I travelled this weekend.  I had a blast, managed to keep the stress to a minimum, and ate carefully to reduce my chances of a flare-up.  I was doing great until…

… I got to Union Station, Los Angeles, and was told the bathrooms were closed.

I had checked ahead of time when I made my reservations.  I was supposed to have thirty minutes to use the bathroom before they closed up for three hours.  (I won’t even go into the idiocy of closing an entire major station for three hours just to clean.  Sectional cleaning, anyone?)

My bus arrived 35 minutes late.  This meant the bathrooms had been closed for five minutes and I was out of luck.  I needed a bathroom, but not desperately, so I thought I could manage.

UC doesn’t like it much when you hold off using the bathroom.

An hour later, I passed out.  When I came to, I’d had an accident and still felt awful.  Much as I hated to do it, I lay down on the floor of Union Station with my suitcase as my pillow until the bathroom would open.  Apparently, security didn’t like that and told me I couldn’t sleep on the floor.

“I’m not sleeping, I’m sick.”

“You can’t lie on the floor.”

“I need a bathroom.”

“Bathrooms are closed.”

“Then I’m lying on the floor.”

Apparently he eventually realized I was actually sick and found a way to get me into a bathroom.  I was able to change my clothing, but I was out of wet wipes, so I couldn’t even do a decent job of cleaning myself up.  Maybe I shouldn’t have been so embarrassed to smell like one of the homeless people who live in and around the station, but I did.  I also felt awful… UC drains me.  Since I couldn’t lie down inside, I went out to a bench (security guard nearby) and went back to sleep until things got fixed.  Then I had to go home, rather than go to work, because I could barely stand up straight.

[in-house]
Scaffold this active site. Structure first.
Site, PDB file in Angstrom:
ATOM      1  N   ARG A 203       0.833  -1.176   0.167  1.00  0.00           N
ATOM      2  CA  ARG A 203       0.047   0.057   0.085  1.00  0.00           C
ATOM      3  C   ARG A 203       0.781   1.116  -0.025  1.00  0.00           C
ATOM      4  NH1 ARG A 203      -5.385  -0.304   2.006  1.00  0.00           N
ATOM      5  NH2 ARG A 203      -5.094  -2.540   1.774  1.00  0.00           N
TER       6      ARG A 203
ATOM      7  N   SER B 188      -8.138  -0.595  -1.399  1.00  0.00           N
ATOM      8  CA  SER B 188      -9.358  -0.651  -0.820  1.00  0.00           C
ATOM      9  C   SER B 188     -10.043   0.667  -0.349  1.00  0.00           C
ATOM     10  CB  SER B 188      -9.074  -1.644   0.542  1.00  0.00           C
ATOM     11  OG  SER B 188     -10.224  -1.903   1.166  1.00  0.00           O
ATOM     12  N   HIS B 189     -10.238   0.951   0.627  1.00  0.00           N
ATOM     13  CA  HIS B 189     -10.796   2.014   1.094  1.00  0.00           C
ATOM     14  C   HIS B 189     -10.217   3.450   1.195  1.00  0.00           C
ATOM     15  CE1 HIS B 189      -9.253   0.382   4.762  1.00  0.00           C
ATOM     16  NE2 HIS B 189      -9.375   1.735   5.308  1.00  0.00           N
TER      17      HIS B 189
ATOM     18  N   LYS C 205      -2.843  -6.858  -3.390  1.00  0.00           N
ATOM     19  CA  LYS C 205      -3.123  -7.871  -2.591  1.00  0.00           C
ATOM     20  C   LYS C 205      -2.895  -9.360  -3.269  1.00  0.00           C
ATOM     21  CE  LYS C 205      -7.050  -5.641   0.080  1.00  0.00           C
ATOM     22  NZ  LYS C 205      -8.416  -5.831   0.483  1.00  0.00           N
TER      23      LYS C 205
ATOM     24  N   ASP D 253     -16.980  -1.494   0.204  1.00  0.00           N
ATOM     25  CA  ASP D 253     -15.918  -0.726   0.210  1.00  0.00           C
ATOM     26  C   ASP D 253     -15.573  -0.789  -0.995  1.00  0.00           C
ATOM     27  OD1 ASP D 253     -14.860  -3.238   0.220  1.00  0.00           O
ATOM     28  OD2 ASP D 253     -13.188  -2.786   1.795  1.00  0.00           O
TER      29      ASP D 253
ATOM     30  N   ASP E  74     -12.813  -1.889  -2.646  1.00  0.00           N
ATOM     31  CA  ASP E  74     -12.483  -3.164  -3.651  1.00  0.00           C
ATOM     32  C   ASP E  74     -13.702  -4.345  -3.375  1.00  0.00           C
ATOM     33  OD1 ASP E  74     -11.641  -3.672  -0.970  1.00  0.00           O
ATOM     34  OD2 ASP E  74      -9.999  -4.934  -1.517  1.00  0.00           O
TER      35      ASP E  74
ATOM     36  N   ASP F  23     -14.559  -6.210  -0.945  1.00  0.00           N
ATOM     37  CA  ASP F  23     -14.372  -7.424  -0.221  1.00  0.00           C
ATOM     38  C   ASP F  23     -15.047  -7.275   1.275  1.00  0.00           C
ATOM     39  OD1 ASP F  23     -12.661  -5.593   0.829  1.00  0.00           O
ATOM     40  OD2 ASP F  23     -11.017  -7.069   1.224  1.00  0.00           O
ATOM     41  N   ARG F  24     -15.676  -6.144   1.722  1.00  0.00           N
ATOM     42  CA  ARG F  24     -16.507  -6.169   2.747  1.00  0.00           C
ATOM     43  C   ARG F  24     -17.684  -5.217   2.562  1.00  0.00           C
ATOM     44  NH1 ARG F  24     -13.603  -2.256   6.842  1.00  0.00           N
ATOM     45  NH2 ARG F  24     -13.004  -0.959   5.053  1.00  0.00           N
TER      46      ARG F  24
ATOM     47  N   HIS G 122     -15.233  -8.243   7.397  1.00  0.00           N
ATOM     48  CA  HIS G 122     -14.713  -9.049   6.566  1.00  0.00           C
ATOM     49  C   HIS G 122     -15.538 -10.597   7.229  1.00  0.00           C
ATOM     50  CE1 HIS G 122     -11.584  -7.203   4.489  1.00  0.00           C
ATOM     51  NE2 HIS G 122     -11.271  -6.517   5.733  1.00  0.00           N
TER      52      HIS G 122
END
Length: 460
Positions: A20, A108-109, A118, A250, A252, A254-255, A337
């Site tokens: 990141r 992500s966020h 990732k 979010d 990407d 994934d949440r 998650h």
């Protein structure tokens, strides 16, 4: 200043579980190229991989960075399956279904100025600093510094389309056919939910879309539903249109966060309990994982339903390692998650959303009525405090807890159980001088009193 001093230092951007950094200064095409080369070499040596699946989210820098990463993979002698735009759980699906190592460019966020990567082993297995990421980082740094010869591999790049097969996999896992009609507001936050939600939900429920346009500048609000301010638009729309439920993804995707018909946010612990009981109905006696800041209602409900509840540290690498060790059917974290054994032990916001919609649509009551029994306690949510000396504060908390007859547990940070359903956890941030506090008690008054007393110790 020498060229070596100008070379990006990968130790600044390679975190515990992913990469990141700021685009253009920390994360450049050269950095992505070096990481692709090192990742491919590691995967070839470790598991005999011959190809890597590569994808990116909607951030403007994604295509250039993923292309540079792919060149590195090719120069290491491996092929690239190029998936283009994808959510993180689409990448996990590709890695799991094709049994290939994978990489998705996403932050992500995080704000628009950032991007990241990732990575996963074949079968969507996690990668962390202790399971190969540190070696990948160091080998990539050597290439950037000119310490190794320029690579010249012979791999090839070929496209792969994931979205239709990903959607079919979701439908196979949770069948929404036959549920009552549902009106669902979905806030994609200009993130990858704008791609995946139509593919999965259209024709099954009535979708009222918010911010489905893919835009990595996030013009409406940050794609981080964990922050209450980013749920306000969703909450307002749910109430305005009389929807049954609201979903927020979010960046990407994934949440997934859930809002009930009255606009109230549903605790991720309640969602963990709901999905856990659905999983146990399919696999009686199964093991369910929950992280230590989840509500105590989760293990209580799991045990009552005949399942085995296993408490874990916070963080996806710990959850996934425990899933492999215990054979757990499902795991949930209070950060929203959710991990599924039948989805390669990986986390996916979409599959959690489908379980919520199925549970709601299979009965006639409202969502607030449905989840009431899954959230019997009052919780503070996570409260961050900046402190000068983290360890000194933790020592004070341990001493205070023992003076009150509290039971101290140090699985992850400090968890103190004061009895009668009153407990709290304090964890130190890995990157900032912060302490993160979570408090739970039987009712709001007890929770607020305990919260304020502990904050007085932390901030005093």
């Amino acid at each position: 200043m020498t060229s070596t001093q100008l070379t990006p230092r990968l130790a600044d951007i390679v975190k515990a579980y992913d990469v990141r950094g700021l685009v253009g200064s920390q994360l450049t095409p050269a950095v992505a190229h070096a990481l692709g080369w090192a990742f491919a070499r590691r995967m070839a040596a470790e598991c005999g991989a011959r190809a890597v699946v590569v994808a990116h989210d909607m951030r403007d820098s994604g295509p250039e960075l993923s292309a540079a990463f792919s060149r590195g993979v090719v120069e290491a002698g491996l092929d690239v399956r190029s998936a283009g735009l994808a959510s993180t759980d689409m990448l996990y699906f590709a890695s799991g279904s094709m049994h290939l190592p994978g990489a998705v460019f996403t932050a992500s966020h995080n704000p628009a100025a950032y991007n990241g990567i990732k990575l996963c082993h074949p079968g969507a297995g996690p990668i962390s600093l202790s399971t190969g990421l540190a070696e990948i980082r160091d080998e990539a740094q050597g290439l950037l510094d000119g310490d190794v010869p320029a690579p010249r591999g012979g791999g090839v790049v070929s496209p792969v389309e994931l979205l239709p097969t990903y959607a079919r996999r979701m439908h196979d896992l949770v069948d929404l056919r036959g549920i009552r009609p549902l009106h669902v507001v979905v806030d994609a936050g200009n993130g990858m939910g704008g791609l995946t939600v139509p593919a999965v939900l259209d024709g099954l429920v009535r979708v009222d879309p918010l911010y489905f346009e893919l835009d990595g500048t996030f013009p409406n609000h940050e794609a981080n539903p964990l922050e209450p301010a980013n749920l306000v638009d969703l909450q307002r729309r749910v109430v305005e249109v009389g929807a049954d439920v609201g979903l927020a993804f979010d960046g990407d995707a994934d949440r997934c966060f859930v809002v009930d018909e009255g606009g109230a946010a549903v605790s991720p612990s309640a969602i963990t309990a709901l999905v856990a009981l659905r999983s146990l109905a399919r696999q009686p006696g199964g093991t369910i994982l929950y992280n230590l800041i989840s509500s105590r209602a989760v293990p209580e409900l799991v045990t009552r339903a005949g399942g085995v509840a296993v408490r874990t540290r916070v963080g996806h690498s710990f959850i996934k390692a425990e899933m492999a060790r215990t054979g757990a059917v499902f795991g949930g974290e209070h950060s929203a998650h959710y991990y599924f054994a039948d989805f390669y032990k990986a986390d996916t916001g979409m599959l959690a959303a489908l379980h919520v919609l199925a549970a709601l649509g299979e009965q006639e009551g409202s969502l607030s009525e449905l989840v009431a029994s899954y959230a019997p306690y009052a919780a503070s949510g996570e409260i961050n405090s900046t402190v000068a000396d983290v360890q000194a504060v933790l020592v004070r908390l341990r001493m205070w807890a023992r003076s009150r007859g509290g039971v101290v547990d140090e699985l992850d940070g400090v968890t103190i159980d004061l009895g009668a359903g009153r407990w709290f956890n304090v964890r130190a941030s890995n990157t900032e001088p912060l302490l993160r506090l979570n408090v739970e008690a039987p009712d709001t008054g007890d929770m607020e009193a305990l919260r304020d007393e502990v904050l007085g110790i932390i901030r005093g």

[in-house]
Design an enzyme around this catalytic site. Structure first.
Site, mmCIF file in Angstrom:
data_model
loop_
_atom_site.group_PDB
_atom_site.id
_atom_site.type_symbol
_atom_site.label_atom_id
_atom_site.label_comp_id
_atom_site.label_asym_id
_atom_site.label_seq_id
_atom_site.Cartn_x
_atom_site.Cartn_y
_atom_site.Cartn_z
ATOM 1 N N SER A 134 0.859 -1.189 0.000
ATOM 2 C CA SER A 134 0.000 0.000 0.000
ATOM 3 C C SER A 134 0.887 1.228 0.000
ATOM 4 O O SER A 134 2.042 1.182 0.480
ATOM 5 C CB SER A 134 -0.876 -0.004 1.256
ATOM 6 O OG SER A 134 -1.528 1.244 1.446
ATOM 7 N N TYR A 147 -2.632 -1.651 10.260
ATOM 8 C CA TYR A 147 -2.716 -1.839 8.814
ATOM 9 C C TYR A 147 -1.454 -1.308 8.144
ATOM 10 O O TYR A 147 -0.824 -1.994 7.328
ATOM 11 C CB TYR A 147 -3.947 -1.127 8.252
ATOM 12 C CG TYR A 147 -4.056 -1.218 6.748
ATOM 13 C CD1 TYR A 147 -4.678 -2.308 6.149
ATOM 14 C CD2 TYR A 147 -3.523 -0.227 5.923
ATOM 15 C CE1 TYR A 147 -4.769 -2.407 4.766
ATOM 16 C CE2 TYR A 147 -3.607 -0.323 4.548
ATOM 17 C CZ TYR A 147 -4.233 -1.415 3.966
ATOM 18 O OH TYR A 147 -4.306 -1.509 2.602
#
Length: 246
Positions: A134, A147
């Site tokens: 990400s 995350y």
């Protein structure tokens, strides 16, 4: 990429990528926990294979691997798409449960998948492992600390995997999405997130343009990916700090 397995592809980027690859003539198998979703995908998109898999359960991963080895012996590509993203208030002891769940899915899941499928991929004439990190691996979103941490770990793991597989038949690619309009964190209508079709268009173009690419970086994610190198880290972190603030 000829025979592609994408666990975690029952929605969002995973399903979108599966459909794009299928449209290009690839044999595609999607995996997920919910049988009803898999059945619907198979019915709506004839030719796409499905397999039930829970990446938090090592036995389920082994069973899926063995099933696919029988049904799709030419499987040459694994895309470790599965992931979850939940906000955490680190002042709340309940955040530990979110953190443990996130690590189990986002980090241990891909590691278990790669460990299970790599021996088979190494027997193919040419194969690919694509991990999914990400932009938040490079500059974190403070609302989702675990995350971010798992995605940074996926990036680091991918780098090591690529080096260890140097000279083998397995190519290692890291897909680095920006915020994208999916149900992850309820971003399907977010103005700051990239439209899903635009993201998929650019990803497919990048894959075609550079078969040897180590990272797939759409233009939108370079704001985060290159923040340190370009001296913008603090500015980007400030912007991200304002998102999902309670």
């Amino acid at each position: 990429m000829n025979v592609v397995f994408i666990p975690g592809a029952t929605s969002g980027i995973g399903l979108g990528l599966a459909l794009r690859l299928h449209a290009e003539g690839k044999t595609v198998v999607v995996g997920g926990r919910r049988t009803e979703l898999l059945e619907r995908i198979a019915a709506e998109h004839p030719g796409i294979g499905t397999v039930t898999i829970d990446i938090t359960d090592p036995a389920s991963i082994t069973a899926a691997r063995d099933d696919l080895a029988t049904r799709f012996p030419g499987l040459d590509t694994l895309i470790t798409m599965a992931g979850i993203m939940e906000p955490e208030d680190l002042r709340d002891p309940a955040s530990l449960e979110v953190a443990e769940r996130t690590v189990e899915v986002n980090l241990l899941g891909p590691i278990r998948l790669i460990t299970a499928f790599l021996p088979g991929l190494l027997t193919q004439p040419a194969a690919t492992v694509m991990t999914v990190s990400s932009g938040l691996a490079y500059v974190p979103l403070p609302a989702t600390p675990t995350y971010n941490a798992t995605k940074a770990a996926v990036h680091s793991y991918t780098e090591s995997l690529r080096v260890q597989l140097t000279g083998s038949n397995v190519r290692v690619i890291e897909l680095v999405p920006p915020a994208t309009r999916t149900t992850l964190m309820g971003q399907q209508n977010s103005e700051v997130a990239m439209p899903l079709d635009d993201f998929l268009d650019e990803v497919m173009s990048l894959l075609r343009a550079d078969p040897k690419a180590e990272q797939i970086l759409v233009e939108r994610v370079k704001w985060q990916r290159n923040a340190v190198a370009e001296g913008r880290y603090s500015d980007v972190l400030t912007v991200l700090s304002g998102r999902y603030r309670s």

All of this would’ve been okay if I could have just used the bathroom when I needed to in the first place.  I can’t even think of a real solution to this one, since I had planned for the thirty minute window to use the bathroom “just in case”.  It’s just one more of the joys of having an “invisible” disease that people don’t know about.  Crohn’s, because of the gluten allergy, is more well-known.  Ulcerative colitis is like speaking Latin.

If nothing else, this incident definitely didn’t make me a fan of Union Station and reinforced for me the need to scout out bathrooms before I go places.

You know… like normal people.




I spent a lot of time travelling this last weekend.  Even though I’ve always been a fairly thrifty traveler, I wasn’t as frugal as I might have liked.  I learned a few things that I’d forgotten:

  • If you want the best price on travel, you need to be flexible.  If your dates are set in stone, try to be flexible about destination or at least the time you travel.  If your destination is unchangeable, be more flexible about dates or time.  Likewise, if you can change how you travel (plane, train, bus), you can find better pricing. 
  • Driving isn’t always the most expensive option.  If you are a party of four or more, driving may actually be cheaper.  The easy way to do the math?  Miles divided by your MPG (equals gallons of gas) times cost per gallon.  For example, this past weekend, I travelled 375 miles.  The car I would have driven gets a whopping 12 mpg (or so).  Gas was about $4/ gallon.  So 375/12 = 31.25 * 4 = $125.  I’d also be putting wear and tear on the car, probably need to eat once (I get grumpy after four hours of starvation), and would have to pay for parking at my destination (around $12/day).  For me, driving was the expensive option.  However, if there had been two or three of us travelling, then the car would’ve been the same as or cheaper than most alternate forms of transportation.
  • Bring your own food and drinks.  Even without a cooler, you can get by with just an insulated bag for hours.  I have a bag from Trader Joe’s that cost me $3.99 that keeps things cool for almost 8 hours.  I wouldn’t pack meat or mayonnaise, but I feel pretty secure packing cheese, fruit, vegetables, or even bottled juices.
  • Think like a local.  If you go out to eat, find out where the locals go (yes, this means talking to people).  Better yet, get a hotel that has a refrigerator and microwave and buy groceries for most of your meals.  Even better, stay with friends and split the cost of groceries.

There are dozens of other things you can do, but these are the big ones that save money for me.  What do you do?